Today visitors will be able to view perfect replicas of these 200 million year-old-tree trunks, with the rings, bark and nodes of the branches perfectly preserved and turned to stone. Looking to travel to Petrified Forest of Mbire? Petrified wood there is almost solid quartz, weighing heavily. It is so hard, you can only cut it with a diamond tipped saw! Not chopping like wood.

The main rock type here is sedimentary: red pebbly or mature sandstones formed during the pre-historic times, others want to call it Jurassic times. These rocks show alternating coarse and fine sedimentary layers.

Logs are characterised by narrow, horizontal vascular traces which traverse the entire radial width of the secondary xylum. In life, these vascular traces would have terminated on preventitious buds which were deeply embedded within the bark, but which typically were not silicified during the petrification process.

These buds would have had the capacity to develop into epicormic shoots when the crown foliage of the tree was damaged. Numerous shoot traces are readily apparent over the outer surface of well-preserved specimens.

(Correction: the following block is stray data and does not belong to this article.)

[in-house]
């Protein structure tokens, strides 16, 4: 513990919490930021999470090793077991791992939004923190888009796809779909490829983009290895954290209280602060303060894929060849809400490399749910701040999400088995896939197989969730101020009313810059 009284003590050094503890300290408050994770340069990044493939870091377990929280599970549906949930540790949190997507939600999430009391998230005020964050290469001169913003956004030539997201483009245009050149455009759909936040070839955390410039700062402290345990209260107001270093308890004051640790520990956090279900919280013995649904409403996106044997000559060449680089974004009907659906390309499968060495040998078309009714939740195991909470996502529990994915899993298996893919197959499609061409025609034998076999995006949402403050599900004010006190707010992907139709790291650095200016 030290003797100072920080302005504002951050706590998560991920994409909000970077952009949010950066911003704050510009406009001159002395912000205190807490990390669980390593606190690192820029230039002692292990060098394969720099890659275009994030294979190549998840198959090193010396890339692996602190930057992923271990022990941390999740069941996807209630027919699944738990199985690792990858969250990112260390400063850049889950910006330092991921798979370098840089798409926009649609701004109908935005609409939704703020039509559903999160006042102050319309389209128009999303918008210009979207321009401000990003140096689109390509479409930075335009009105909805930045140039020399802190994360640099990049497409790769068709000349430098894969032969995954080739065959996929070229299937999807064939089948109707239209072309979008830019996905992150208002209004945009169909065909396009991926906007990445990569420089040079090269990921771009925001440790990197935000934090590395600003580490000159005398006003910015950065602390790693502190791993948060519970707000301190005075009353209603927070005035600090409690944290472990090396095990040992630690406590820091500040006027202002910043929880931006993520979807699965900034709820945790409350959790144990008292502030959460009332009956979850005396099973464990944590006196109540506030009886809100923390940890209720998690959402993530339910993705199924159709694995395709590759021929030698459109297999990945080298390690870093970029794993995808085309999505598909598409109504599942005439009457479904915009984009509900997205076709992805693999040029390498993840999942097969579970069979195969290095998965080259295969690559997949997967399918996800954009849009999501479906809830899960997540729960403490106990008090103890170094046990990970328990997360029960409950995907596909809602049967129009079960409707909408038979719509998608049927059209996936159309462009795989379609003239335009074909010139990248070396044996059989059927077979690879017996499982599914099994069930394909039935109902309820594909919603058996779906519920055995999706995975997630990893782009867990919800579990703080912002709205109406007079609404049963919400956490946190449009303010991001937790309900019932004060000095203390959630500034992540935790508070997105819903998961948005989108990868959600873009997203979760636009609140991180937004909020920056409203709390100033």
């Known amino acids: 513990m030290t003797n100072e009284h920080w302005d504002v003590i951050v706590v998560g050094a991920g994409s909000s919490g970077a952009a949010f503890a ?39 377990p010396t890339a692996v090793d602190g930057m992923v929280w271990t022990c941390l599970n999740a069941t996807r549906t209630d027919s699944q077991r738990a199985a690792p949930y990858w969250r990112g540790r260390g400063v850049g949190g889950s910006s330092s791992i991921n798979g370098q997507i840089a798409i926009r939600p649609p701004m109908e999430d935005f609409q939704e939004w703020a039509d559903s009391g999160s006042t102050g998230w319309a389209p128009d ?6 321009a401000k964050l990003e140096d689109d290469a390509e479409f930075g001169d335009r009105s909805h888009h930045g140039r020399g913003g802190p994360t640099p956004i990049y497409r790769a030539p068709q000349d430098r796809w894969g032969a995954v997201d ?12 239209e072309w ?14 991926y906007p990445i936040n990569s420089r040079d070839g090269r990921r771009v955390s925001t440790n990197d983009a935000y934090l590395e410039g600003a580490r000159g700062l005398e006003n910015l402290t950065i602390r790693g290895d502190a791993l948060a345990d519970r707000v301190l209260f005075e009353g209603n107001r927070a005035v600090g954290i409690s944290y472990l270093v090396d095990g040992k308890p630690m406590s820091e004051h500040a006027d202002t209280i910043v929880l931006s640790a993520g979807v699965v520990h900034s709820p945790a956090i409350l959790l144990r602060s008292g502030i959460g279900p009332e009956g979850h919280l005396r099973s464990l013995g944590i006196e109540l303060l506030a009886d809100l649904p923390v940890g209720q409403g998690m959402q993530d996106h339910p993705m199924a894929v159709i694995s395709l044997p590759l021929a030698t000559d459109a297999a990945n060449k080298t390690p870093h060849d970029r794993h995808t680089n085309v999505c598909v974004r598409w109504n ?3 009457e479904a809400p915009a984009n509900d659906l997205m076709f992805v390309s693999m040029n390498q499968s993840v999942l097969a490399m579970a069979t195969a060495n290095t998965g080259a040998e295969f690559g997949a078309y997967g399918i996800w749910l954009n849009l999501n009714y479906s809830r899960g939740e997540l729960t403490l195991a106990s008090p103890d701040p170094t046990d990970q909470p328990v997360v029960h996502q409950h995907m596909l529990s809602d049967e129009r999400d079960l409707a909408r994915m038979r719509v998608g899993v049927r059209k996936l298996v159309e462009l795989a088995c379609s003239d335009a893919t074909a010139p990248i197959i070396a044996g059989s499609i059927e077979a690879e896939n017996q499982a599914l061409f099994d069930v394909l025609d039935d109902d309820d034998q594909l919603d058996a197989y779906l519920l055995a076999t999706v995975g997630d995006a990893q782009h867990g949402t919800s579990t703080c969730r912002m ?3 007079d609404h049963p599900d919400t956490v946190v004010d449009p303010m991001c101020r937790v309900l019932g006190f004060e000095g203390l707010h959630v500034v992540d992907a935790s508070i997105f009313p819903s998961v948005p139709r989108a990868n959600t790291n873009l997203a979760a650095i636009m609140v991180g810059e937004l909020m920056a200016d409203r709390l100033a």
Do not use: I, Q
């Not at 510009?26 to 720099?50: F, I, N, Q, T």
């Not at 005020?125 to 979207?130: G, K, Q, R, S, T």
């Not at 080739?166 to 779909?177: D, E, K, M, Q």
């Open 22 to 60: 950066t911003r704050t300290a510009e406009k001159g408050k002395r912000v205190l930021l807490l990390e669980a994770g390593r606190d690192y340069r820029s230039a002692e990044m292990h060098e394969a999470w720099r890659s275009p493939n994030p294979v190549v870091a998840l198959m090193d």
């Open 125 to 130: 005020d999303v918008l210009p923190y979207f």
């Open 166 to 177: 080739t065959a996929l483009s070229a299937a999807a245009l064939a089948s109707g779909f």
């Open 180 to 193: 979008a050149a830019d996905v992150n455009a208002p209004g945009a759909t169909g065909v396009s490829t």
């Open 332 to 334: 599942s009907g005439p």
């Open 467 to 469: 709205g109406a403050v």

The Dande petrified trees site lies within the Karroo super group of the coal-bearing Mid Zambezi Valley basin and partly in the Zambezi Mobile Belt of northern Zimbabwe. The trees are still in their original environment and many of them are in a well-preserved state. There are those that have barely been moved and those that are scattered.

The barely moved petrified trees consist of the well- preserved and unmoved fossil wood logs in the area. These logs appear to have maintained their position where they have been silicified after failing. Annular rings are also distinguished by colour.

These logs range in size from short blocks of intact lengths of about 1-1,2m to long trunks of 10 metres intact length.

The scattered wood logs appear to have been moved by water action and are mostly associated with low-lying areas such as streambeds. The fragmentation of fossils may have been caused by the smashing of the wood against each other.

The area covered by both the barely moved and the scattered fossils is approximately 10 hectares. Scientists believe the fossils were formed from sandstones of the Escarpment Grit Formation of the Upper Karroo group.

Comparison with similar properties

Similar fossil wood exists in the Karroo rocks of Southern Zambia and South Africa and the Arizona Petrified Fossil Forest National Monument in the United States of America.